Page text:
Today I am honored to interview Wendy Orr, author of beloved children's book Nim's Island. She has a new book out by Pajama Press called Dragonfly Song
The whispers say it’s not true that the Lady’s firstborn
died at birth. They say it’s worse—the baby was born with an extra thumb
dangling from each wrist. If she’s not perfect, she can never follow in her
Nobody but the old wise-woman knows what truly happened to
Aissa, the firstborn daughter of the priestess. If they saw the half-moon scars
on the servant girl’s wrists they would find it out, but who would look twice
at lowly, mute No-Name? Then the soldiers of Crete come to the island,
demanding children as tribute for their god-king’s bull dances as they do every
year. Aissa is determined to seize this chance to fight for her own worth and
change her destiny once and for all.
Lyrically written and refreshingly unpredictable, Dragonfly Song is a compelling Bronze Age
fantasy that suggests a fascinating origin for the legend of the Minotaur and
his dark tribute.
About the Author:
Wendy Orr was born in Edmonton, Canada, but grew up in
various places across Canada, France, andNim’s Island, Nim at Sea, Rescue on Nim’s Island, Raven’s Mountain,
and Peeling the Onion.
the USA. She studied occupational
therapy in the UK, married an Australian farmer, and moved to Australia. She’s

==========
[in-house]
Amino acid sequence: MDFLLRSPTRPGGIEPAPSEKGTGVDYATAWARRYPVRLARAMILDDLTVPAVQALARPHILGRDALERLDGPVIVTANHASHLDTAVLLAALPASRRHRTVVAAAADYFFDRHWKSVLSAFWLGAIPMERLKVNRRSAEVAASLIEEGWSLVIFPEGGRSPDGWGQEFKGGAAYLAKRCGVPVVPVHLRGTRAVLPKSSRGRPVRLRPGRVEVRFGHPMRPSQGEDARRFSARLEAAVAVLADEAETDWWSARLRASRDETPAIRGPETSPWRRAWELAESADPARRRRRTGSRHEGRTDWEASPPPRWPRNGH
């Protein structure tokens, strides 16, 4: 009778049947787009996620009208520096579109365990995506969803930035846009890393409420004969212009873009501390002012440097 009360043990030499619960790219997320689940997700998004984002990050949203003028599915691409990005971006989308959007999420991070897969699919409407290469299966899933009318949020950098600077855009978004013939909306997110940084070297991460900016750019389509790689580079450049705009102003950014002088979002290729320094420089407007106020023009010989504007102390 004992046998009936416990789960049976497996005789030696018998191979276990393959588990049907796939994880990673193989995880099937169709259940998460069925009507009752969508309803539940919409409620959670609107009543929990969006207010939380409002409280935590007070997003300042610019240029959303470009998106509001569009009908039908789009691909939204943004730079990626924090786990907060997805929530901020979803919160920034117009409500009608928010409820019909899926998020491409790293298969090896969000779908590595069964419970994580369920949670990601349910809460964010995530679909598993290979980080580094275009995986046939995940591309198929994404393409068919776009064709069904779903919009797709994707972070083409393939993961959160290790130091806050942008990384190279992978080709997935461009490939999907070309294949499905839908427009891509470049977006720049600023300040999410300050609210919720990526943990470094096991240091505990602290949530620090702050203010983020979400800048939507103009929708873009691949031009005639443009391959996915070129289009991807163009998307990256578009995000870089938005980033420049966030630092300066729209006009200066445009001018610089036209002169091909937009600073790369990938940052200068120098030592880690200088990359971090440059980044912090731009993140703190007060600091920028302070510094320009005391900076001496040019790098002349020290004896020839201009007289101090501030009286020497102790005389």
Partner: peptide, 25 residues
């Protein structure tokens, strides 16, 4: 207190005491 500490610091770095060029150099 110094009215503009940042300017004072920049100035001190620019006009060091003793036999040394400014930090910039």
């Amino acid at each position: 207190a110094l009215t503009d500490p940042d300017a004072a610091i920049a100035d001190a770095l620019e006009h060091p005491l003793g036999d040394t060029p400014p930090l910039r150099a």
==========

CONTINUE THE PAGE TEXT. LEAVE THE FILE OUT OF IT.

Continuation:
the author of many award-winning books, including
Dragonfly Song is a novel written in prose and in verse. What made you decide to tackle both in one book?
I often ‘hear’ my books in free verse before I write them; Dragonfly Song seemed to be more insistent about being written that way! I felt that the complex background made it unsuitable to be written as a verse novel and after a couple of years of internal arguing, decided to combine prose and verse. When deadlines were tight I wrote it all in verse and transposed some sections back to prose.
How is Dragonfly Song similar to your other books and how is it different?
This is a very difficult question – which probably means I’m still too close to it to be objective. But… As in the Nim’s Island books, Facing the Mountain
(Raven’s Mountain) and Peeling the Onion
, there’s a strong female protagonist who has to rise to the physical and emotional challenges that she faces. Nature and the environment are very important to me, both in my own life and in writing ¬– the setting for my stories is very vivid to me as I write, and an essential part of the structure of the book.
However, Dragonfly Song
is the first time I’ve set a book in the distant past, and has more touches of supernatural. Nim communicates with her animals as many of us do with our dogs or other pets; Aissa’s animal communication is quite different, as it is an involuntary power that she is reluctant to acknowledge and must learn to control. Overall, I think Dragonfly Song
is probably deeper, darker and more spiritual than my other books.
You have such a large body of work and write for such a wide variety of ages. Do your ideas just "come to you" or do you find that the discipline of sitting down and writing is what creates the magical stories?
Both. The ideas themselves usually just come to me – and that is the end of the easy part! Ones like Dragonfly Song